McGeorge Adjunct Professor Chris Micheli

Most capitol observers are only aware of the majority vote and the two thirds super majority vote requirements for California legislation. However, there are actually several other categories of vote requirements on bills that come before the Legislature. The other categories are the three fourths vote, the 70% vote, and the four fifths vote.

McGeorge Adjunct Professor Chris Micheli

To those who are not operating in or around the California State Capitol, sponsored bills are relatively unknown. However the media often focus on sponsored bills in a critical manner making matters confusing. In Congress, the term sponsor means the legislator whose name is on the bill. However in the California Legislature, the legislator

McGeorge Adjunct Professor Chris Micheli

Article IV, Section 10(e) of the California Constitution explicitly gives the Governor of California a power that not even the President of the United States has, the line-item veto.

The exact language of Article IV, Section 10(e) reads, “The Governor may reduce or eliminate one or more items of appropriation while approving other portions

McGeorge Adjunct Professor Chris Micheli

In today’s podcast, I look at the different processes laid out in California’s Constitution for amending or revising the Constitution.

California’s Constitution was originally adopted in 1849 and has become one of the longest constitutions in the world, nearly 100 pages in length. This is partly due to the number of voter-approved additions to

McGeorge Adjunct Professor Chris Micheli

Most of the powers of the executive branch of California’s state government are found in Article V of the California Constitution. Today’s post and podcast is a description, briefly, of those constitutional provisions affecting the Governor and his or her administration. A smaller sample of the Governor’s powers are discussed in the post, while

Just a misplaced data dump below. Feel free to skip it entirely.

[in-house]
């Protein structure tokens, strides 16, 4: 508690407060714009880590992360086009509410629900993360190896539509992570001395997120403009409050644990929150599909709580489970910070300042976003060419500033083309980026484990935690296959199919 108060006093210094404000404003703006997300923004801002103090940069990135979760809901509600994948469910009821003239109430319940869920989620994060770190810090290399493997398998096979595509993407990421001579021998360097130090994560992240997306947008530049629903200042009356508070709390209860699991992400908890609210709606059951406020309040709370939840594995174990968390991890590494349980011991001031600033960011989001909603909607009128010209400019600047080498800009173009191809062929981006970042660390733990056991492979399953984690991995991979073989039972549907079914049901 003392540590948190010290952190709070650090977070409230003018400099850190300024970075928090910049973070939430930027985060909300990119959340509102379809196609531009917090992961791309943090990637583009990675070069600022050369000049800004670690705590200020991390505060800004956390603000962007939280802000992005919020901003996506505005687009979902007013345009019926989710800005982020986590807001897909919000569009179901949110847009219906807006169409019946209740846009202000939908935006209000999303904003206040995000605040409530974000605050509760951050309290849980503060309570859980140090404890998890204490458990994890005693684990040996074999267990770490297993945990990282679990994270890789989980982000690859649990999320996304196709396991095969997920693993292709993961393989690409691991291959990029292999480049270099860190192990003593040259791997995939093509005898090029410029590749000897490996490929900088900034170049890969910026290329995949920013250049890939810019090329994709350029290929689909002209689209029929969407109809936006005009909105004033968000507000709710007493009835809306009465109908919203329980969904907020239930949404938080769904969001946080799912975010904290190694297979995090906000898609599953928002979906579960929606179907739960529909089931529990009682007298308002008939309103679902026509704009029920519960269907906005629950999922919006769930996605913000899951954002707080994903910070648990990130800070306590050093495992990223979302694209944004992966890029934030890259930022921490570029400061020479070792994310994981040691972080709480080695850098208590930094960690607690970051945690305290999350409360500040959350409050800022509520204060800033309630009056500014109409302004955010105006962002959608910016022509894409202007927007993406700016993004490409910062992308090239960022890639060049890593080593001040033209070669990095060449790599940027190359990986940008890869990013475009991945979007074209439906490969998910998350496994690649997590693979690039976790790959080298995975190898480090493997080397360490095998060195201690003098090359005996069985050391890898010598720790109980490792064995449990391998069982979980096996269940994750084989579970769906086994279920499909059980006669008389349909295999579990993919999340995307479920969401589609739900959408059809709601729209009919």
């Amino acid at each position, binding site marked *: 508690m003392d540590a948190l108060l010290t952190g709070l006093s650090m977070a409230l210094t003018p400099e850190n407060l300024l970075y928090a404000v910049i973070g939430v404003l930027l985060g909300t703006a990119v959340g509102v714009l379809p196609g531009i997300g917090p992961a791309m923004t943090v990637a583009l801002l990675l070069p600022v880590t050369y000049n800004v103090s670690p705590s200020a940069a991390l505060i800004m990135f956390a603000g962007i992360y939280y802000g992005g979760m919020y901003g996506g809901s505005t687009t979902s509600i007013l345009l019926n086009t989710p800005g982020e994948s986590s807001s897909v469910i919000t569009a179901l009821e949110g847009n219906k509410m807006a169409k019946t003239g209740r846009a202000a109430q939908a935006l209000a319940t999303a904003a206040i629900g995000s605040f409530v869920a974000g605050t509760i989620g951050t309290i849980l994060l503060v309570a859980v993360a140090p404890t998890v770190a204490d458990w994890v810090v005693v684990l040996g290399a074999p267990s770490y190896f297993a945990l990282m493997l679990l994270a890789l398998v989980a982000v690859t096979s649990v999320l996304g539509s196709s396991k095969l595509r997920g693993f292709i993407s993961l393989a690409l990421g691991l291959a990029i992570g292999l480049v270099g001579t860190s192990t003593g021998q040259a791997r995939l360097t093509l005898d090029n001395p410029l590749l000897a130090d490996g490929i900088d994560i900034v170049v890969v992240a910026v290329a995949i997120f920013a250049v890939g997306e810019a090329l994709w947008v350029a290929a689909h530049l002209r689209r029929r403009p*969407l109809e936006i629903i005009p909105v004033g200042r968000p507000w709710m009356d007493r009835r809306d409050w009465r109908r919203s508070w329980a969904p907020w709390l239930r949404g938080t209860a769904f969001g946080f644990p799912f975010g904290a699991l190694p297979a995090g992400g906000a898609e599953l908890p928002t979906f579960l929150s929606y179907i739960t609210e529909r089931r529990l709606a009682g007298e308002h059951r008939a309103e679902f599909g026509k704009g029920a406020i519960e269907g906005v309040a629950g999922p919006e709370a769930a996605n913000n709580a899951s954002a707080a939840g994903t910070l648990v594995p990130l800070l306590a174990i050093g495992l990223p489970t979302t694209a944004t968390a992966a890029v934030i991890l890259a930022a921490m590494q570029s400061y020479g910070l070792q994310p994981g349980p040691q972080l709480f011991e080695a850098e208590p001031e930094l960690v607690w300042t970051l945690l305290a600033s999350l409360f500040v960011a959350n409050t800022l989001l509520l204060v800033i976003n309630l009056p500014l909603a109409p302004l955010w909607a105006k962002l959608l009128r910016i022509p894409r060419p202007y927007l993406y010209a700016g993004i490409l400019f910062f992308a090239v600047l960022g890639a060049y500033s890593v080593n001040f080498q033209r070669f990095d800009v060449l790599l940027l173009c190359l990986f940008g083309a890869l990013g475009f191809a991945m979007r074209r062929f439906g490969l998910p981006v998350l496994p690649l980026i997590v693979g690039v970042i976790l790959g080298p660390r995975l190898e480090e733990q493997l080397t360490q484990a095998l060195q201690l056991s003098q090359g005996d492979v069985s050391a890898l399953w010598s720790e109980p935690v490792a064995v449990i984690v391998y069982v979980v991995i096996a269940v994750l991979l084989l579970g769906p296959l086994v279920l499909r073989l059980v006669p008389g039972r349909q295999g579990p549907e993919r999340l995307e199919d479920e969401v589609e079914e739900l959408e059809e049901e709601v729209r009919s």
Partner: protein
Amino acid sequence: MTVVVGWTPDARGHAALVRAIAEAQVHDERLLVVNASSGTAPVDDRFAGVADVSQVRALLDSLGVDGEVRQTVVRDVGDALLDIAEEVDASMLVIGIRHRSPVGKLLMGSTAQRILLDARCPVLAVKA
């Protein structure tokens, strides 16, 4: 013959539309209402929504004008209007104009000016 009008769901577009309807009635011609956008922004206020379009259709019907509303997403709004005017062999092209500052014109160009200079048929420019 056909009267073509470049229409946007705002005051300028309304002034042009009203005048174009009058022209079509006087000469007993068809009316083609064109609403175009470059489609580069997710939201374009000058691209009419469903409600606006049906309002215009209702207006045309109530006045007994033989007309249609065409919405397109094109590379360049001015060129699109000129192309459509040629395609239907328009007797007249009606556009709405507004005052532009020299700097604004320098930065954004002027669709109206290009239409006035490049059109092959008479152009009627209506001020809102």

McGeorge Adjunct Professor Chris Micheli

There are several ways in which the California Legislature can influence the rulemaking activities of these executive branch entities. Primarily the Legislature does this through lawmaking and the budget.

Generally speaking, the authority of California’s agencies and departments to adopt policy through its rulemaking activities is both defined and restricted by state statute. It’s

McGeorge Adjunct Professor Chris Micheli

There are a number of political institutions in California. California’s constitutional officers, that is those who are provided for by the California Constitution, are among those important political institutions. I’ll provide a brief overview of all of California’s Constitutional Officers, save the Governor, below. Two of the officers

McGeorge Adjunct Professor Chris Micheli

Today I’ll be taking an in-depth look at California’s Constitution, and also do a brief comparison of California’s Constitution to the U.S. Constitution.

California’s Constitution was adopted in 1849, just prior to California becoming a state in 1850. It is the governing document for the state of California. By most accounts, our state’s constitution

McGeorge Adjunct Professor Chris Micheli

Lobbying is advocating on behalf of a client or cause – generally for payment but also sometimes on a volunteer basis – to attempt to influence official action of either legislative or executive branch officials, and their staff. Individuals, or groups of individuals, lobby elected and appointed officials and their staff in an attempt

McGeorge Adjunct Professor Chris Micheli

There are some firms that work to support lobbyists through managing coalitions, directing grassroots campaigns, conducting public outreach, or other indirect efforts to enhance or promote the efforts of lobbyists. There are a handful of public affairs firms in Sacramento that do this type of work. There are firms that specialize in social media